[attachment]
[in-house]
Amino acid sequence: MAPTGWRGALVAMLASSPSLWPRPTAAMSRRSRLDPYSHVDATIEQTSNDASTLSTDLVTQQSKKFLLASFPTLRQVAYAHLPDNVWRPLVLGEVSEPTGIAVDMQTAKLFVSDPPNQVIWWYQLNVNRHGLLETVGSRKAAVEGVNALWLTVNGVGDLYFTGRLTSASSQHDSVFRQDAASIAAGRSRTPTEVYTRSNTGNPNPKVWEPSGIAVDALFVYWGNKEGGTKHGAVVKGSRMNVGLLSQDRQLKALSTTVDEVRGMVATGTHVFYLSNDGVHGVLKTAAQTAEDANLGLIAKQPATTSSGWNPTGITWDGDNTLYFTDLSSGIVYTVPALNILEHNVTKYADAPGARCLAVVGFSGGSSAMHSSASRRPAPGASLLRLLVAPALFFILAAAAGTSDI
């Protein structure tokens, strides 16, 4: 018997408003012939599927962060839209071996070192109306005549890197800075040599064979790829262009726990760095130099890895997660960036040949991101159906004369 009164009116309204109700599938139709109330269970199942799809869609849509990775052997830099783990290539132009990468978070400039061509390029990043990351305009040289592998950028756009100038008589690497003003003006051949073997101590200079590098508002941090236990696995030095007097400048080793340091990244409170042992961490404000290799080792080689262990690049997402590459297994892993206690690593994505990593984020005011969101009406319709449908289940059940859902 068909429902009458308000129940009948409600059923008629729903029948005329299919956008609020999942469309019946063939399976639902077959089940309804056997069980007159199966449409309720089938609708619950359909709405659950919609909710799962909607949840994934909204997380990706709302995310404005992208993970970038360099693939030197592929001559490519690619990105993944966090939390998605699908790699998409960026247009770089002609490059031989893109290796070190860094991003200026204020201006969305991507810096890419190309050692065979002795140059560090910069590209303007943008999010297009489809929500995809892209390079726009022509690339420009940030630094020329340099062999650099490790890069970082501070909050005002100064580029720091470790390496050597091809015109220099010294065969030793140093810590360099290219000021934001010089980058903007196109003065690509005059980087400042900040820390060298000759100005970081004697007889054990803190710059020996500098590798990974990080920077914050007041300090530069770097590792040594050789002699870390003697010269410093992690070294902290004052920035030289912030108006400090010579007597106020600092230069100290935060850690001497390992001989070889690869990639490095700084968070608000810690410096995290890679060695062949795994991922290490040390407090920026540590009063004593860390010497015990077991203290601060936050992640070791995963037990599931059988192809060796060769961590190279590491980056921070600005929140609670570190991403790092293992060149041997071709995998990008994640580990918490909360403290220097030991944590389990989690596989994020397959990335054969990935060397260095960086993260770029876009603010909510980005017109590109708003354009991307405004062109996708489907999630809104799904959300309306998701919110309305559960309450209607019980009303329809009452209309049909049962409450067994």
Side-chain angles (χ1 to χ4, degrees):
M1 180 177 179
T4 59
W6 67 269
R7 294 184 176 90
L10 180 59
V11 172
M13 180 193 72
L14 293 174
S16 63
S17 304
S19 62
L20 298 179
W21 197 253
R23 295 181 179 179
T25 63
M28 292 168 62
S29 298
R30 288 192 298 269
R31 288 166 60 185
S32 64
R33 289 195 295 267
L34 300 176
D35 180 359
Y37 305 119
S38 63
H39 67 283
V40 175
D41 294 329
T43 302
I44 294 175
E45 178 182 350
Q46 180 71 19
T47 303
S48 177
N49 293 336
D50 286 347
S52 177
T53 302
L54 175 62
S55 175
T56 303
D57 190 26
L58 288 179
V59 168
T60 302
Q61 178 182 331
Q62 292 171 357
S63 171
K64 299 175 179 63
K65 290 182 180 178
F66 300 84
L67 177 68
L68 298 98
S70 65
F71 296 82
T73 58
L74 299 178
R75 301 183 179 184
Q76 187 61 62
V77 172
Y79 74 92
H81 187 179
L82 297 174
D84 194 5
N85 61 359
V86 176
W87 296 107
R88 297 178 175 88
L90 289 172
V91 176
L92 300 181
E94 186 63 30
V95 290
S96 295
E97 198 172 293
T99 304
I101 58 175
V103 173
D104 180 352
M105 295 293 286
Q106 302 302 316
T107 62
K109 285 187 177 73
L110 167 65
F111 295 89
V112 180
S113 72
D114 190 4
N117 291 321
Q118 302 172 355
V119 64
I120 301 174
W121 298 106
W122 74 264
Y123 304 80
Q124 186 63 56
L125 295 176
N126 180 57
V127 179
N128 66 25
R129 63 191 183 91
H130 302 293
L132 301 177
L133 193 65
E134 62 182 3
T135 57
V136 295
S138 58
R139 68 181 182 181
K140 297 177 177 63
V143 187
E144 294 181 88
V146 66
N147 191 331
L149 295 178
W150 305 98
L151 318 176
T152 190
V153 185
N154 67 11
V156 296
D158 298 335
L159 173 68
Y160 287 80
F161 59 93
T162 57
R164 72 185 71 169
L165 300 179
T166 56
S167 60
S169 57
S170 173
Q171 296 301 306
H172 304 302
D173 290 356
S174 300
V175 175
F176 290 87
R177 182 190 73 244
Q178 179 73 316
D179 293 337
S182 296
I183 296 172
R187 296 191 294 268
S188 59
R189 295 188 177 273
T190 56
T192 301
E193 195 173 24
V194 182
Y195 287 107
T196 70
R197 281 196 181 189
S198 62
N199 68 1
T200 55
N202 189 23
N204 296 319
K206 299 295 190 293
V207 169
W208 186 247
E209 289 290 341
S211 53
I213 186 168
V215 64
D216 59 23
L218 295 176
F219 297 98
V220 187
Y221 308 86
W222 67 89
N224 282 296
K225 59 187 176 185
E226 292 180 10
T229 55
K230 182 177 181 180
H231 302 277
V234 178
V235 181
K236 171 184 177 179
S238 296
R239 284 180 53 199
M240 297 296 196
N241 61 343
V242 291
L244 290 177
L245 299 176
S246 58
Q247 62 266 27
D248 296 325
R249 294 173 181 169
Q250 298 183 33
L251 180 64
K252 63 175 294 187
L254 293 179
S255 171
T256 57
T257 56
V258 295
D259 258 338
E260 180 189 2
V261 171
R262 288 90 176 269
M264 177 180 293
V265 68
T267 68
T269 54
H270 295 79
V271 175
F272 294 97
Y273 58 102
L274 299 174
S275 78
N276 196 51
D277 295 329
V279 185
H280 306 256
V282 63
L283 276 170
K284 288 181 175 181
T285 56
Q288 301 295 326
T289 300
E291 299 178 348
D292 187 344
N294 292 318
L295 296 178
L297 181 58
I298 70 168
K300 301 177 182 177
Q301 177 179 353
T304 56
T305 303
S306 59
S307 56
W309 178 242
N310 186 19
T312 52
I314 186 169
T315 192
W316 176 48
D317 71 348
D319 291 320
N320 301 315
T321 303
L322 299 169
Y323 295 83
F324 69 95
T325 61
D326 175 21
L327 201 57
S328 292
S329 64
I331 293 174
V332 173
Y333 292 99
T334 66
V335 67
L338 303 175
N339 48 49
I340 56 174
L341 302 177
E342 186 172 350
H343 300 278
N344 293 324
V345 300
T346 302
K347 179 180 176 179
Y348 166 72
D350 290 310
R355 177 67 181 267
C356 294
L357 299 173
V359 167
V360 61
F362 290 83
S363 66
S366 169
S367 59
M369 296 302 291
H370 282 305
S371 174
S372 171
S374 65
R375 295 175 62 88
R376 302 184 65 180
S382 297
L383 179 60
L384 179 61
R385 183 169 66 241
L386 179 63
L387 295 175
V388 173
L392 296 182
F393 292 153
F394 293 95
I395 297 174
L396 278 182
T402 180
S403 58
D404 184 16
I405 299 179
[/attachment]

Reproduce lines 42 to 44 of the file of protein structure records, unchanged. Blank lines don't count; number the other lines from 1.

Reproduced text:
T53 302
L54 175 62
S55 175